The mother and baby homes scandal is a dark chapter in Ireland’s history, the Taoiseach said.
Ireland displayed a “warped” attitude to sexuality and intimacy, Micheal Martin added.
The homes were for mothers who fell pregnant out of wedlock but produced high levels of infant mortality, misogyny and stigmatisation of some of society’s most vulnerable.
Mr Martin is to make a formal apology to victims on Wednesday.
“It holds up a mirror to aspects of our past, which are painful and difficult, and from the present-day perspective, often hard to comprehend,” he said.
He added: “While this report will obviously have the most direct impact on survivors and their families, it presents all of Irish society with profound questions.
“We did this to ourselves, as a society.”
He said the State treated women badly and children especially badly.
“We had a completely warped attitude to sexuality and intimacy.
“Young mothers and their sons and daughters paid a terrible price for that dysfunction.”
Some of the institutions were owned and run by the local health authorities – the county homes, Pelletstown, Tuam and Kilrush.
Others were owned and run by religious orders, for example the three homes run by the Congregation of the Sacred Hearts of Jesus and Mary – Bessborough, Sean Ross, Castlepollard (the Sacred Heart homes).
Some of the institutions were in very poor physical condition.
Many of the women did suffer emotional abuse and were often subject to denigration and derogatory remarks, the commission of investigation said.
Mr Martin said the most distressing aspect of the report was the “exceptionally high rate of infant mortality”.
He added: “It’s production is a testament to the bravery of survivors and their advocates and their dedication to ensuring that as a nation, we must face up to the full truth of our past.”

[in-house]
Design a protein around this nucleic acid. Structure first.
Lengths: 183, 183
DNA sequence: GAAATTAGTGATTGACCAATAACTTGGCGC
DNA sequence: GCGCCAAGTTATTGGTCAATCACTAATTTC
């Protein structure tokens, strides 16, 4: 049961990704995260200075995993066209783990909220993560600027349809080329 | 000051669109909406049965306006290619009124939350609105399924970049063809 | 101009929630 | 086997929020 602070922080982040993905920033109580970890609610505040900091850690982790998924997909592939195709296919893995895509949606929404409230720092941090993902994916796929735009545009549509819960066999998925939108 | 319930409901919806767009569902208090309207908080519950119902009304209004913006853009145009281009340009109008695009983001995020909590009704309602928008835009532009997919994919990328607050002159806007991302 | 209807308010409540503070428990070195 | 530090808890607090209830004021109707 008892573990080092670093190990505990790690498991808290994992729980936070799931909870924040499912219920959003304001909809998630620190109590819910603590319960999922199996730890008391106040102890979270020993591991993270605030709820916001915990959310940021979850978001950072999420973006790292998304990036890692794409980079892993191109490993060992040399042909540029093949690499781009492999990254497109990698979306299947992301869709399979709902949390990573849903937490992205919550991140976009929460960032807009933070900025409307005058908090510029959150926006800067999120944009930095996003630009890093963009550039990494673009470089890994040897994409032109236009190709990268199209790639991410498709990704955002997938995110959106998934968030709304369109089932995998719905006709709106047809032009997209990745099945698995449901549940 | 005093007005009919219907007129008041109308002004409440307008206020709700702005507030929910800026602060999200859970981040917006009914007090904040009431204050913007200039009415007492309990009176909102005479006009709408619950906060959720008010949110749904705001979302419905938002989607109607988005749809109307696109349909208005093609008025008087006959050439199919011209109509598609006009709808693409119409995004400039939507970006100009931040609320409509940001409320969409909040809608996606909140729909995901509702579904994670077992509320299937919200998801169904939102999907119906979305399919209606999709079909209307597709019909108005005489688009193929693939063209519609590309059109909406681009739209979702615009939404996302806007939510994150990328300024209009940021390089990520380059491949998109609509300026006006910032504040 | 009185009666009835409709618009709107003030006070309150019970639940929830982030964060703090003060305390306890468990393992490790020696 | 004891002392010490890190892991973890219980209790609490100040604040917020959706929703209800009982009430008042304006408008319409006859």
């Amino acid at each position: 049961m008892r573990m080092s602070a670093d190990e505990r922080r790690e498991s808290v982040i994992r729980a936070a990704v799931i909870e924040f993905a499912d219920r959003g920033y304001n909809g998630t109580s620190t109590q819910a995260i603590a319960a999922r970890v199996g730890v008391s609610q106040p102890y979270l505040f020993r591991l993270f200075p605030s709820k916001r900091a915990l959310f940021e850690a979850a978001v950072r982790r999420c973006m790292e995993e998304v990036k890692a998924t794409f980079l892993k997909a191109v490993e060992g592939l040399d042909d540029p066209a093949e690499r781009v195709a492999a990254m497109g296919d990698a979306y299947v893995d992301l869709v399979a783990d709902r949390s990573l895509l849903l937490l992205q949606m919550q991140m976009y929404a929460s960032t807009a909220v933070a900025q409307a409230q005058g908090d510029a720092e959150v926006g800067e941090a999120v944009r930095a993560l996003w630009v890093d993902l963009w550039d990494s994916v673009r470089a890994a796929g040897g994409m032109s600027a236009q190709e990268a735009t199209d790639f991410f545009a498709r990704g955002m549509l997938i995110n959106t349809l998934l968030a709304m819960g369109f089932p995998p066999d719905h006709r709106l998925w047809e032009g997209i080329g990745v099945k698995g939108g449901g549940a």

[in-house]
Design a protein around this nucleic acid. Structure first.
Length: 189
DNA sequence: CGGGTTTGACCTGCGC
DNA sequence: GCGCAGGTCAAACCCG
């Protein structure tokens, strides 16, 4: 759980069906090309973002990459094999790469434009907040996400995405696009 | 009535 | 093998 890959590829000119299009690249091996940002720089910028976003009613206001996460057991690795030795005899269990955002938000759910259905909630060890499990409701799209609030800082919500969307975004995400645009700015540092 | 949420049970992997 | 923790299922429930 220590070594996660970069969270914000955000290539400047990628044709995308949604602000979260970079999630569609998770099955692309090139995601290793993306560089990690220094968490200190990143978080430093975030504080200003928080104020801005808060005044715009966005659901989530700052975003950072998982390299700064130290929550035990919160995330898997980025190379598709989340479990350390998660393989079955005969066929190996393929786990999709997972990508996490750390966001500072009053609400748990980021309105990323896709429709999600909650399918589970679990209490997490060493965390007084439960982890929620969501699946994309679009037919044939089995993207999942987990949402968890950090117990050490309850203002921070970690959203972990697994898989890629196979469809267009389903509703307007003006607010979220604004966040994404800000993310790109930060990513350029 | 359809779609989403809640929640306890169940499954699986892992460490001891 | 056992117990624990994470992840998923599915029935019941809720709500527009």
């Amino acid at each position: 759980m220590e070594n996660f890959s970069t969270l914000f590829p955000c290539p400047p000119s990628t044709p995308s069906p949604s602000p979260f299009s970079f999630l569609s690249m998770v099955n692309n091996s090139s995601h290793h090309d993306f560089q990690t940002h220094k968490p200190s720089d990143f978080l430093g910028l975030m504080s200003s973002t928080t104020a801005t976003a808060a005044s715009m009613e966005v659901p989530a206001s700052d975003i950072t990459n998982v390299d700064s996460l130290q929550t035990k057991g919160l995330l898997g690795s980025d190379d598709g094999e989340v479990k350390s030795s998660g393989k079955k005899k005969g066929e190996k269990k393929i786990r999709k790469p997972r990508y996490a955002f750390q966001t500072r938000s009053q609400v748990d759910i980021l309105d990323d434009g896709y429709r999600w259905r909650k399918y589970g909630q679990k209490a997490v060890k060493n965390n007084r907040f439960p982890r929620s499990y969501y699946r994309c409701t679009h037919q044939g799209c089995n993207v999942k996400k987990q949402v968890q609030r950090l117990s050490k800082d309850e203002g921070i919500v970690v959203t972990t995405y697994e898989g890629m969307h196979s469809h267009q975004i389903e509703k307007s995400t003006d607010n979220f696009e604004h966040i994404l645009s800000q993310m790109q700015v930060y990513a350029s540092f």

He said: “I particularly want to acknowledge the critical role played by Catherine Corless, a tireless crusader for dignity and truth, whose work at the mother and baby homes site led to the establishment of this commission.”
Children’s Minster Roderic O’Gorman said the report makes clear that the homes were “places of callousness, of brutality and of shame”.
He said: “It paints a portrait of a stifling and oppressive, and a deeply misogynistic culture in Ireland, prior to the 1970s.
“That this culture was ruthlessly enforced by the prevailing attitudes within the Church, within the State, within wider society.
“And that this directly and repeatedly led to women being deprived of choice and agency in their own affairs through coercion, through faith, through shame, and through family obligation.
“That shame and stigma has had appalling consequences for many of the children that were born to those mothers, particularly during the 1940s and the 1950s, when infant mortality rates in the homes were extremely high.”